Award-winning author Peter Earley traces the evolution of Las Vegas -- from the gaudy Mecca of the Rat Pack era to one of the country's top family vacation spots -- and explores the city's checkered history, revealing stories of moguls and mobsters, and presents down-to-earth interviews with the men and women who make the desert hot spot the most ...
Award-winning author Peter Earley traces the evolution of Las Vegas -- from the gaudy Mecca of the Rat Pack era to one of the country's top family vacation spots -- and explores the city's checkered history, revealing stories of moguls and mobsters, and presents down-to-earth interviews with the men and women who make the desert hot spot the most visited U.S. city. of photos.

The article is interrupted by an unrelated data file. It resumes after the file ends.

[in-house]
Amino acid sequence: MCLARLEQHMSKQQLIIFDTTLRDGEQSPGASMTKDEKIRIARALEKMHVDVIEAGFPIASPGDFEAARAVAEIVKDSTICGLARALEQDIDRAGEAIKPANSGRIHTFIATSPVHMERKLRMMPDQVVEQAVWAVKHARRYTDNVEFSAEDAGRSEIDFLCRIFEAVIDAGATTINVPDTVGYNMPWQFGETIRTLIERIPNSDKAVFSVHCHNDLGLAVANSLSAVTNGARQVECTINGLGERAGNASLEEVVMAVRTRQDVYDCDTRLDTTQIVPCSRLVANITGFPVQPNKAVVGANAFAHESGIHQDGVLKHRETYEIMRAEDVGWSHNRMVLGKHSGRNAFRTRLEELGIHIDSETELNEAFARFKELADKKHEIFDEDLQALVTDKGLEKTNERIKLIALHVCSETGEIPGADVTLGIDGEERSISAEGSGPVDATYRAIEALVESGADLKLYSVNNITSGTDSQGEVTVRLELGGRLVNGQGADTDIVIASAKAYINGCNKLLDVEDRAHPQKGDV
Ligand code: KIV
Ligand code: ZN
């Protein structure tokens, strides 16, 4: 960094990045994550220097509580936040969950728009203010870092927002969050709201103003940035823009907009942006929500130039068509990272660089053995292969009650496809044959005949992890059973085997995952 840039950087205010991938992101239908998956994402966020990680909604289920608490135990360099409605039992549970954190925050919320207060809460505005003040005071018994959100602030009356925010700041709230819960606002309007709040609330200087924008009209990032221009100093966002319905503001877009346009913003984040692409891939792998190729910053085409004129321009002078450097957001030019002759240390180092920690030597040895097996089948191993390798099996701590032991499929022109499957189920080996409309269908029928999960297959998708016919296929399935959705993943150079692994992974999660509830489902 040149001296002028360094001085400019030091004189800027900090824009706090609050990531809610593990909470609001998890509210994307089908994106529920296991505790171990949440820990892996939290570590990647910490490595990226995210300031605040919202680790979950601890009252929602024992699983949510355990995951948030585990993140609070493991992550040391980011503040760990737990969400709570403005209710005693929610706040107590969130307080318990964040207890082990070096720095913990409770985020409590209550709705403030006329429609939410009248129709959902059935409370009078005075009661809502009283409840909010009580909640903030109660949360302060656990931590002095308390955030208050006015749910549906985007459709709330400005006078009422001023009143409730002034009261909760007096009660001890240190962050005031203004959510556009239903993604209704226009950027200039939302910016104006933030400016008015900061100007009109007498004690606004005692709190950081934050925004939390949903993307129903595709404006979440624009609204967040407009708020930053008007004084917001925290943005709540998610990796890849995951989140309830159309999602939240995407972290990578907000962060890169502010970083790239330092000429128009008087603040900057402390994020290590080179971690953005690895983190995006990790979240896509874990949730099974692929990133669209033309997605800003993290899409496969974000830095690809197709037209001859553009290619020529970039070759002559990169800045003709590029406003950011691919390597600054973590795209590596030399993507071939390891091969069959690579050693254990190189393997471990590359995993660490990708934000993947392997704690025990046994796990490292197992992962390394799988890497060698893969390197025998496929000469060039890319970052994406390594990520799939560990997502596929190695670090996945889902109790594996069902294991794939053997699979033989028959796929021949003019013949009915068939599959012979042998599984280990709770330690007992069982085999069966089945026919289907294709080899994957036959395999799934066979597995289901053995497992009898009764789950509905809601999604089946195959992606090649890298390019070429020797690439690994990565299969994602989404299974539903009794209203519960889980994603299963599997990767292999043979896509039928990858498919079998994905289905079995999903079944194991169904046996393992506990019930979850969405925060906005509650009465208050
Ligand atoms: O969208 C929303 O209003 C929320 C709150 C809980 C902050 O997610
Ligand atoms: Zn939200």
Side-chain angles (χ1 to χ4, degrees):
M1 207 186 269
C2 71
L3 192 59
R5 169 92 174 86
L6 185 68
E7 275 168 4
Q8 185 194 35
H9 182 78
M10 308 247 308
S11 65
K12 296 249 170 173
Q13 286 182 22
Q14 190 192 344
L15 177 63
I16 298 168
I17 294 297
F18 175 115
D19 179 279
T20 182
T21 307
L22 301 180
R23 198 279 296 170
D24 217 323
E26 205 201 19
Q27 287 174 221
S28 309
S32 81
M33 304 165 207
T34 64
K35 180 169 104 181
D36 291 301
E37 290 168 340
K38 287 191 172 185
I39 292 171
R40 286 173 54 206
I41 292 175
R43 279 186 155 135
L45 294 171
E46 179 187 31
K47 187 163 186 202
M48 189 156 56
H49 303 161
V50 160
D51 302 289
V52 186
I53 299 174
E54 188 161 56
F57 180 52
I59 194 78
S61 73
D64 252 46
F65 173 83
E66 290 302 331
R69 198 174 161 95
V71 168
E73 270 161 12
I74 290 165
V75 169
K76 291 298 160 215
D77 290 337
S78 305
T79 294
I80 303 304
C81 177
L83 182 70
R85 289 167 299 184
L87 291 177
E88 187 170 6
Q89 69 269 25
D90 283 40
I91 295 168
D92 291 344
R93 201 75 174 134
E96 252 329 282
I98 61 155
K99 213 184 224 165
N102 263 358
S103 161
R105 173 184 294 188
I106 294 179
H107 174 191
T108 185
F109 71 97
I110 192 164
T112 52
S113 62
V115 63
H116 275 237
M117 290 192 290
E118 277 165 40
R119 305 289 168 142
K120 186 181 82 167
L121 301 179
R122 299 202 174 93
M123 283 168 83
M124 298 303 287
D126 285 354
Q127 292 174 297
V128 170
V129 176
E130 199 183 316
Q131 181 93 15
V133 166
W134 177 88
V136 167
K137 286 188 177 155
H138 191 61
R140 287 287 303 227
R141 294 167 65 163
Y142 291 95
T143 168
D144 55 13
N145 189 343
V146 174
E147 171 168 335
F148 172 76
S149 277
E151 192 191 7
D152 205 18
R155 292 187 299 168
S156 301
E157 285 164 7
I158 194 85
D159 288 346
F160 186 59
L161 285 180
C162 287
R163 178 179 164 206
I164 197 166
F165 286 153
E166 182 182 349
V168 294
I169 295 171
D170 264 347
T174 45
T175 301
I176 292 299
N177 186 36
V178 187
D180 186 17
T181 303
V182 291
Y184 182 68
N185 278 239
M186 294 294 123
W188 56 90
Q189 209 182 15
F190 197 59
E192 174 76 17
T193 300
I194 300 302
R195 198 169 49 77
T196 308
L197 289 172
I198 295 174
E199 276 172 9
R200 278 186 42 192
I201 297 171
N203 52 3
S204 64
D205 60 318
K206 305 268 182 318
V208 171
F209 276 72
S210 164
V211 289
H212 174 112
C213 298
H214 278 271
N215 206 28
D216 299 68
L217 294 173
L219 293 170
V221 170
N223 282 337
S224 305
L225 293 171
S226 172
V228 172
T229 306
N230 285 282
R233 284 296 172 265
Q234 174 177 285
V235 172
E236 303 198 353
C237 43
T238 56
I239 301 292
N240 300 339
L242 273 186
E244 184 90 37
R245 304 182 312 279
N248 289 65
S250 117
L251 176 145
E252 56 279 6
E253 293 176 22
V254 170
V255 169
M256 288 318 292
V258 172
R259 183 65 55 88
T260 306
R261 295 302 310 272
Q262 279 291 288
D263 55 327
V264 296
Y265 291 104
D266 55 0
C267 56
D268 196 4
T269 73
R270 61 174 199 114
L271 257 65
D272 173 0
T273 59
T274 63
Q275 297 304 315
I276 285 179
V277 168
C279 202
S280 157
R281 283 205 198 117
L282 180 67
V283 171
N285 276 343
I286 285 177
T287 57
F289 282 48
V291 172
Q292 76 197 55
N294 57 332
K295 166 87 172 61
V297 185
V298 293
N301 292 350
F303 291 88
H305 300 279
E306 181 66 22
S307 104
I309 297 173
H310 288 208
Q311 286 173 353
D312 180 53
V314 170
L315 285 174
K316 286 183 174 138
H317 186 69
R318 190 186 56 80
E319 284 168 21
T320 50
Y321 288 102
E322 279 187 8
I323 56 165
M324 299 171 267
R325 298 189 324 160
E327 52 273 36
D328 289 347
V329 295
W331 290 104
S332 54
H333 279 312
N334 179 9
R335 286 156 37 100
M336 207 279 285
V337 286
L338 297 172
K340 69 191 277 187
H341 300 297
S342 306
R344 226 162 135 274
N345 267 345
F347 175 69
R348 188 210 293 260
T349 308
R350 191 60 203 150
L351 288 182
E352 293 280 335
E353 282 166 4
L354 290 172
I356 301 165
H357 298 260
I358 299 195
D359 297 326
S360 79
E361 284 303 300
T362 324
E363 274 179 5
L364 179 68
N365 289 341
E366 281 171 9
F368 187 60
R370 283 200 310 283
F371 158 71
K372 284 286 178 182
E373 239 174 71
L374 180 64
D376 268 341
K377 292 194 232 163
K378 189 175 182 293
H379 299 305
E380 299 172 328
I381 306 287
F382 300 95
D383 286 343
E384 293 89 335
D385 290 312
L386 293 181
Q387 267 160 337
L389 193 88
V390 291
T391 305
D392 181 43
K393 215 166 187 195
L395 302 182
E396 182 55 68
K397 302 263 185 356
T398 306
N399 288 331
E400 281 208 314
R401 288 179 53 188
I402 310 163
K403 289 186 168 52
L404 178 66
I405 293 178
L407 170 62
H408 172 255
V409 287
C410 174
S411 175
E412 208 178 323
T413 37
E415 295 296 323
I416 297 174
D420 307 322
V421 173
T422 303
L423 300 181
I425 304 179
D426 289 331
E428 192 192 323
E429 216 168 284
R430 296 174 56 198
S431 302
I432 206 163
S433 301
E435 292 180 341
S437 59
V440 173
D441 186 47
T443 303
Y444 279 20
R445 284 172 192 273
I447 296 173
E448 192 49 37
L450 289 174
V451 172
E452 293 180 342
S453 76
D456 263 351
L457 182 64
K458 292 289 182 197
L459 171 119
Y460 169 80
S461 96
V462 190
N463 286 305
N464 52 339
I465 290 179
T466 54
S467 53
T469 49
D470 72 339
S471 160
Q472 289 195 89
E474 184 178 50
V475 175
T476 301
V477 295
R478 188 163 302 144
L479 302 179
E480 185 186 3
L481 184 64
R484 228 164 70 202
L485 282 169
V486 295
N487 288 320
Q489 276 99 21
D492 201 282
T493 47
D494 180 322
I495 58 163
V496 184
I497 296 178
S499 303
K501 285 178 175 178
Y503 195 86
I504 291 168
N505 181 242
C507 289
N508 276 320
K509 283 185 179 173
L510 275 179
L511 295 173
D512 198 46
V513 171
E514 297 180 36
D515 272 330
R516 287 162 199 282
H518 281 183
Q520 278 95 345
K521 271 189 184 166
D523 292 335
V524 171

Publishers Weekly, 1999-11-22 For a portrait of razzle-dazzle Las Vegas, this is a curiously sober book. Earley, an Edgar and Robert F. Kennedy Award winner (Circumstantial Evidence), gained the cooperation of Circus Circus Enterprises, owners of the new pyramid-shaped Luxor super casino, to write an awkward hybrid of a work: part business history, part vignettes of life in Las Vegas. The first segment, more than one third of the book, tells the history of Circus Circus. It's a solid account of the rise of corporate casinos by Earley, a former Wall Street Journal reporter, but as Vegas tales go, there's nothing hugely dramatic in the Circus Circus story. The book's sprightlier but diffuse second part describes episodes inside the Luxor and the individual characters who populate it: a casino boss, a showgirl, a security guard, etc. Earley showcases some unflattering scenes, such as a security guard's beating of a homeless man, and picks up some only-in-Vegas anecdotes, like the many ways casino dealers have tried to hide stolen chips (e.g., in a brassiere). But only one of these characters is compelling: a young prostitute who opens up to the author to a remarkable degree; surviving the Las Vegas jungle, she trains as a blackjack dealer and ultimately leaves town. Earley does not comment directly on the broader moral issues of gambling: halfway through the book, he quotes a cabbie who says the city is based on greed, but near the end, he cites a Luxor manager who asserts that it's a place "where people come to forget their problems." Andres Martinez's 24/7 (Forecasts, Oct. 25) goes further in conveying the manic energy of Las Vegas, but the city still awaits a stylish chronicler who can fully capture its uniqueness. (Jan.) Copyright 1999 Cahners Business Information.
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